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Dealing With Delirium

Treating delirious patients can be costly and difficult, where hospitalization itself may exacerbate the disorder.

Winter 2011
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33
Estimated percentage of hospital patients older than 70 who experience the disorientation, cognitive impairment or irrational behavior (anxiety, fearfulness, sudden mood changes, even hallucinations) associated with delirium

3
Average number of additional days of hospitalization of patients diagnosed with delirium triggered by critical illness, medicinal side effects or neurological disorders exacerbated by surroundings

$16,000–$64,000
Range of hospital costs per patient attributable to delirium, from medicating with antipsychotics to psychiatric rehabilitation

89
Percentage of delirious patients placed in restraints to protect them-selves or others from violent behavior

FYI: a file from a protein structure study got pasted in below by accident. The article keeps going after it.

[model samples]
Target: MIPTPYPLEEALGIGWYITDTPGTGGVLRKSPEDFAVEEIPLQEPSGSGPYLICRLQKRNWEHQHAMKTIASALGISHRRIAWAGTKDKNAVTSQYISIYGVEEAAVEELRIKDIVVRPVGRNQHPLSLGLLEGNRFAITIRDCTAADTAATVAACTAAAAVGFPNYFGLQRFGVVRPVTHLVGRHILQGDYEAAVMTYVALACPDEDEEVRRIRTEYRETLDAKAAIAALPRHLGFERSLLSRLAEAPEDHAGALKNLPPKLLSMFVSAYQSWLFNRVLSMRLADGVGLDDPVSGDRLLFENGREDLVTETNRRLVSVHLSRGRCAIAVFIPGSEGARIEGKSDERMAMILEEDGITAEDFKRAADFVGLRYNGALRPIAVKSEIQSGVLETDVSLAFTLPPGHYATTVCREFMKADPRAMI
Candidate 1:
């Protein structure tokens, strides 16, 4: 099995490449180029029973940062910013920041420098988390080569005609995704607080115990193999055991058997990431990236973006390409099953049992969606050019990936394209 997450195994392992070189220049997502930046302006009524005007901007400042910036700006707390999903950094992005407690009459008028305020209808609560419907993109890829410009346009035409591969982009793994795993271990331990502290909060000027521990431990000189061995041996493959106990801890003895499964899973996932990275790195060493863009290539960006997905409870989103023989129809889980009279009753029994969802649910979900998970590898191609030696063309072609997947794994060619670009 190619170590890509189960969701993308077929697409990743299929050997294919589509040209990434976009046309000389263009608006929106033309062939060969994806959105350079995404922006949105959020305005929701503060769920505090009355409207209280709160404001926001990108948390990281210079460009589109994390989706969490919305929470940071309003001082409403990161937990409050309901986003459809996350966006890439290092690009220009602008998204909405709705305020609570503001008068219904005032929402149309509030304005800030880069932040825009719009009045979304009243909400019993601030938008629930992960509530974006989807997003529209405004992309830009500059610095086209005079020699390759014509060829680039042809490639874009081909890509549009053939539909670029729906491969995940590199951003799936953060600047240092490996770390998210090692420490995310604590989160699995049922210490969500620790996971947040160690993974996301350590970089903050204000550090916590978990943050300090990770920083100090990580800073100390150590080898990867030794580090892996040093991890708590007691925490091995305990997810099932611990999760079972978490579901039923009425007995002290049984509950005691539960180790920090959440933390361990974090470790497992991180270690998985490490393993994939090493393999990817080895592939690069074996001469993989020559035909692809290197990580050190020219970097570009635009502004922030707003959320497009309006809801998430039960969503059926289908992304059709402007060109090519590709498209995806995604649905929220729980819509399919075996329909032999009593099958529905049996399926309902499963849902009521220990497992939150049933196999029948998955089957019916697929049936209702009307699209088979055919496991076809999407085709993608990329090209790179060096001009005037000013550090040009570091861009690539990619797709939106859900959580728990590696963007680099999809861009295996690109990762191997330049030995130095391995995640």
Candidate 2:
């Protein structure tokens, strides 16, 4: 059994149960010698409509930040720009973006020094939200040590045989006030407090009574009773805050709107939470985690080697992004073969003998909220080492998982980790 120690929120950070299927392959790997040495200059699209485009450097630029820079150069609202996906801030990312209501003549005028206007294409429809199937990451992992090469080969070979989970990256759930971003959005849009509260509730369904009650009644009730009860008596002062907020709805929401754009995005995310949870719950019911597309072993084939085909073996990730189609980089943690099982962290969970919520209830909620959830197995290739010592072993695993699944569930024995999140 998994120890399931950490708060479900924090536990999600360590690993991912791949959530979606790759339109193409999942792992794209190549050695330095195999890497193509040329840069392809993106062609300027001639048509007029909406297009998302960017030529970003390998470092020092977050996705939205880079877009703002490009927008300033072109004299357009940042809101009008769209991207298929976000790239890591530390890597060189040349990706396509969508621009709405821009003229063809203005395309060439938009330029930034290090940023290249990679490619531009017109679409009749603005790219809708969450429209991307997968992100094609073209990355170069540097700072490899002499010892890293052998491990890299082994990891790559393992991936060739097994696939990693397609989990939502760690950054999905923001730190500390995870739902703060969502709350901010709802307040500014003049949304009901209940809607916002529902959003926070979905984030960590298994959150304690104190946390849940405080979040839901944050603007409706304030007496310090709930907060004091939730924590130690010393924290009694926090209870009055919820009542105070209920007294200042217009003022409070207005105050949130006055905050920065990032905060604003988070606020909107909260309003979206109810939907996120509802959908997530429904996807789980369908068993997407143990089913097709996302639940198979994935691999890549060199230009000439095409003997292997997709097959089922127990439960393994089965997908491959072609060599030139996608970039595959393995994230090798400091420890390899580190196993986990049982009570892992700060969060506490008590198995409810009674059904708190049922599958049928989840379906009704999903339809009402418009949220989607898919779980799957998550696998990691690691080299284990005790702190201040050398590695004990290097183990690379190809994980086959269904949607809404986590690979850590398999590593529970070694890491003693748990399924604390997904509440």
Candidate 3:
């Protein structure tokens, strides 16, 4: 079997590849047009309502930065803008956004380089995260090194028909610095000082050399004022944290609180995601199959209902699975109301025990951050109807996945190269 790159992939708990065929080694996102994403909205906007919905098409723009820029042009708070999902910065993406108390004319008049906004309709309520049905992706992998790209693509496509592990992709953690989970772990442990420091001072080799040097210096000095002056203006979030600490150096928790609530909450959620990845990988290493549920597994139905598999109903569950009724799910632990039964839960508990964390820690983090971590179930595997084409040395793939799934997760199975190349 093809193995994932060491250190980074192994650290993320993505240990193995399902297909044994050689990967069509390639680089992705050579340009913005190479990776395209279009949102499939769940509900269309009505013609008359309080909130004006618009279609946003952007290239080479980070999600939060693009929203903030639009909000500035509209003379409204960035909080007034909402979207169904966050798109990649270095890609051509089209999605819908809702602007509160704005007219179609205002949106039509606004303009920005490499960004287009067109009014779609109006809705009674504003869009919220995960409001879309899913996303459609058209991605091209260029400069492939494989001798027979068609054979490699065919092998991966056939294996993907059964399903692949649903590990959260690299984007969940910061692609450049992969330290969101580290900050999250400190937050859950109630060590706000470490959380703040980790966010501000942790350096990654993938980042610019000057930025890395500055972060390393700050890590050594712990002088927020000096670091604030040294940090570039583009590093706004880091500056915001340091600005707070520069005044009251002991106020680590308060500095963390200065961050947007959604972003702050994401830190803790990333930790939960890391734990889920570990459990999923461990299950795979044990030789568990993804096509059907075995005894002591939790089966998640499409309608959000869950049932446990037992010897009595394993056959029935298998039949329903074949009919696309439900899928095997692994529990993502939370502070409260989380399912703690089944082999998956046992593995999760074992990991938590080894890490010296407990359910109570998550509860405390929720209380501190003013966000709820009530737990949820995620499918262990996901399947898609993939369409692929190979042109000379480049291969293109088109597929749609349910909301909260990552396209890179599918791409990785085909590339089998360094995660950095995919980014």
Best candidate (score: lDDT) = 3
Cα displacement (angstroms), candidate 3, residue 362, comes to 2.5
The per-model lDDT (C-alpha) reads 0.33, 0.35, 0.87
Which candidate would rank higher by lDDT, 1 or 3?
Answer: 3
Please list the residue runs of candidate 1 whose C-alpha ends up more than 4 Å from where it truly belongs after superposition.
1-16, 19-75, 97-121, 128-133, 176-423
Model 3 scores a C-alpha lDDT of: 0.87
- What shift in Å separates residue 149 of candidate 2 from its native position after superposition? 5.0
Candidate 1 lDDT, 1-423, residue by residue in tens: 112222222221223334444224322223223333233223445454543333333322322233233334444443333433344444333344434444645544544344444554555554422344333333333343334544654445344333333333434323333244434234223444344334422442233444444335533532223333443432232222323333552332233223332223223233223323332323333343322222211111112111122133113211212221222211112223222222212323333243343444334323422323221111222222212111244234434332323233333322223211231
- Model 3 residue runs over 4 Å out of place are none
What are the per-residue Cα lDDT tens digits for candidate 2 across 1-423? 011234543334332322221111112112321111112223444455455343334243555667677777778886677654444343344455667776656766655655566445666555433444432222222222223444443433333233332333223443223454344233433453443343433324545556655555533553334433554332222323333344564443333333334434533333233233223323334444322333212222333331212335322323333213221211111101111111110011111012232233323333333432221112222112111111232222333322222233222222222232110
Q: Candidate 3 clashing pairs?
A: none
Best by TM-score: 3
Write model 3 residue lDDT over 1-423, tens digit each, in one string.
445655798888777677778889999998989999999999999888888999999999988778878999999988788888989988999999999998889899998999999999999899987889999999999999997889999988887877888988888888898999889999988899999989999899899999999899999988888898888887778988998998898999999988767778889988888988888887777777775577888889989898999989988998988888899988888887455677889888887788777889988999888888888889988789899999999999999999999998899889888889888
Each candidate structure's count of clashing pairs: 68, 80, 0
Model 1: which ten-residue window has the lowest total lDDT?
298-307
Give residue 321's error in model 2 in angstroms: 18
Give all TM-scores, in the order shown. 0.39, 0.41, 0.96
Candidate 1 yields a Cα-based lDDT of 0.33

1
Average duration, in months, it takes for treated delirium to be resolved

35–40
Percentage who die within a year of having hospital delirium

1 in 3
Proportion of cases, according to a recent study, in which no action was taken to provide further testing or treatment when words associated with delirium, such as confusion and disorientation, were recorded in patient charts

7
Number by which a patient is asked to count backward from 100 to test for cognitive impairments such as hospital delirium

50
Percentage by which an elderly patient’s risk of delirium is lowered when light, as opposed to deep, sedation is given during surgery

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